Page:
Pro: The acting is pretty decent. Goudie and Kordas carry a lot of weight and the vast majority of the screen time. They do a decent job overall.

Con: In a scene when Patricia tells Annabel that not only has she lost her sister but her husband has died in the war and her home was bombed. Goudie delivers this information with all the emotion of reading a grocery list.

Pro: Pretty decent haunted house type plot including creepy dreams and a secret in the attic.

Baylock 1Con: Nothing it done either in color palette or film quality to distinguish past from present, dream from reality. It’s the same one note film throughout.

Pro: I love period pieces and was excited when Baylock opened and the setting was WWII.

Con: The costumes were… not good. Wilson obviously didn’t have the money to pull off a period piece. The hair, costumes, and even the setting aren’t period accurate. It looked more like the actors and extras were asked to provide their own wardrobe out of anything vaguely 40s style pulled from their closets.

Pro: The piano music isn’t terrible.

Con: The score/background music is almost nothing but piano music and it begin to grate after an hour or so.

Pro: The plot takes some nice twists and turns and Patricia has to engage in my favorite thing in horror movies: research at the library.

Con: Toward the end the story wanders off into inscrutable. Horror filmmakers- please just offer a coherent explanation. Impenetrably vague endings aren’t fun and mysterious. They just plain don’t make sense.

Pro: There are ghosts.

Con: The ghosts are boring.

Pro: Wilson made an entire movie an estimated £3000 and it’s not terrible.

Con: It looks about like you’d expect a movie the cost £3000 to look and feel.

Baylock 3So, bottom line. The Baylock Residence isn’t terrible. I’ve certainly sat through much worse. But I’ve also watched much better films of equivalent budget. It’s not bad, it’s not good. It could be worse. It could be better. The most notable scene in the entire film is a terrible CGI composite of a bombed London street that is laughably bad. But after that there are no more special effects and the film is better for it. Baylock offers a decent story with some clever filmmaking for a micro budget film. But it’s not truly scary or atmospheric.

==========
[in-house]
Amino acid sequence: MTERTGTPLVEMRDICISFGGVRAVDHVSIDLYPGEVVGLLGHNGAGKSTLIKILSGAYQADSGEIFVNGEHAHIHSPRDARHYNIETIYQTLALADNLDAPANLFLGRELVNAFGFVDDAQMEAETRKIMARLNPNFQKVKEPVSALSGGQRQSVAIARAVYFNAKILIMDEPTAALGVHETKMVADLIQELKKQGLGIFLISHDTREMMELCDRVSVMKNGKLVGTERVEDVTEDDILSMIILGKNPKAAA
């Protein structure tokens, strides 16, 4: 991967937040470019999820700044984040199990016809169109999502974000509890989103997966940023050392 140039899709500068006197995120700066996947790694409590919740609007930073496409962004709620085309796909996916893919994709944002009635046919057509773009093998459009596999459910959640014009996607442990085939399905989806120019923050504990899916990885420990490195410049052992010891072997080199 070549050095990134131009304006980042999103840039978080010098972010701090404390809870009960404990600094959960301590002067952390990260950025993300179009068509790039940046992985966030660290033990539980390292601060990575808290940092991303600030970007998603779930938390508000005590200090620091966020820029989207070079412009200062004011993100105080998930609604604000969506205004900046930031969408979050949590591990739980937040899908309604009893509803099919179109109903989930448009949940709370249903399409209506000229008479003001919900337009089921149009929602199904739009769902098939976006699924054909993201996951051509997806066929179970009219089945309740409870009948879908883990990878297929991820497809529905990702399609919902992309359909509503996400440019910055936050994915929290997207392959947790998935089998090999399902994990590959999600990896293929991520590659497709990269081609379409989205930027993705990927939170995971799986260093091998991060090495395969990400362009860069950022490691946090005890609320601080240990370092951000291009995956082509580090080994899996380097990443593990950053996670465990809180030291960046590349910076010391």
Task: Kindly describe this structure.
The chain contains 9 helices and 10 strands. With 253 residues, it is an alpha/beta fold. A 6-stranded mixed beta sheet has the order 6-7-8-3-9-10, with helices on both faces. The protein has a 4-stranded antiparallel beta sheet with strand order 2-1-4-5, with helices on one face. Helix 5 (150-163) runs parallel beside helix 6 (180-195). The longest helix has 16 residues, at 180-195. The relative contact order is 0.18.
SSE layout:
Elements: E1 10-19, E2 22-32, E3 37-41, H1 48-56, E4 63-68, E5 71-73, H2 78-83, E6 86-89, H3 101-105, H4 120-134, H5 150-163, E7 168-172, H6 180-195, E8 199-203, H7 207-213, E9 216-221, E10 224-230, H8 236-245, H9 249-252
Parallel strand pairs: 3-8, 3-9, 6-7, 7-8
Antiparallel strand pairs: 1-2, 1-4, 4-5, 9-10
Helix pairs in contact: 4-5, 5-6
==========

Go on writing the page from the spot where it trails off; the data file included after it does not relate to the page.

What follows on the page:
Kudos for: Sob fighting.

Lesson learned: Just leave the bloody house.

4/10

Bonejangles (2017) Review

rsz_bj1Bonejangles (2017)

Directed by: Brett DeJager.
Written by: Keith Melcher
Starring: Reggie Bannister, Elissa Dowling and Julie Cavanaugh.

While transporting the legendary serial killer Bonejangles to an asylum, a group of police officers break down in a town cursed with demonic zombies. The only way they can survive the night and save the town is to release Bonejangles to help them fight the curse, with something much worse.”

The other night I was discussing comedy/horror movies with a colleague. He opined that, to get the balance just right, a comedy horror needs to be written by someone who loves the genre they’re mocking. In his opinion, this is why successful films like Shaun of the Dead and American Werewolf in London work so well, whilst films less popular titles such as Pervert, Lesbian Vampire Killers and Zombie Strippers fail to satisfy large audiences. It’s a compelling argument and the reason why I mention it is, with that criterion of love, my friend could have added a film to the list of successful films: Bonejangles.

Bonejangles begins by introducing a janitor, (Wade Everett, Tilt, Wunderland and Tombstone-Ramoshon). It’s late on his shift, he’s wanting to settle down with his copy of the beautifully titled periodical ‘Melons and Muff’, but he gets summoned to an emergency clean up. As the janitor says, “If it’s not one thing, it’s another in this damned shithole.”

And then he’s killed by Bonejangles.

rsz_bj2Interestingly, Bonejangles kills him with the copy of Melons and Muff, giving an important clue to the psychological underpinnings of the story that’s about to unfold. As it is with so many good comedy horror stories, one of the key motifs in this film is the idea that sex is a bad thing: something that merits punishment. Consequently, the story keeps going back to those natural urges that govern most of our poorest decisions.

I’d like to say that Bonejangles is not your ordinary criminal, but that would be misleading. He looks like a composite of Jason Vorhees and Michael Myers, with maybe a little Ed Gein thrown in for good measure. Several times characters such as police unit leaders and news reporters and other authorities explain, “Conventional weapons are useless against him.” But this is done in a delightfully deadpan way, as though there is nothing remarkable about his well-known ability to withstand bayonets, bullets and bombs.

The main comedy in this movie comes from the superb performances of police officers Wes (Bret DeJager: A Prairie Wind, The Legend of Cooley Moon and Hair Rules) and Randy (Jamie Scott Gordon: Lord of Tears, Good Intentions and The Unkindess of Ravens). These two play off each other with a banter that is childish, cowardly, credible and constantly amusing.

rsz_bj3This is a wonderfully campy comedy homage to 80s slasher horror, in the vein of The Final Girls or Zombeavers or the early examples from the Scary Movie franchise. It’s witty. It has genuine moments of shock, fright and surprise, and it’s entertaining throughout. Unless your next seven days genuinely involve you transporting an indestructible serial killer through a zombie-infested remote town, this is the most fun you’re likely to have all week. 9/10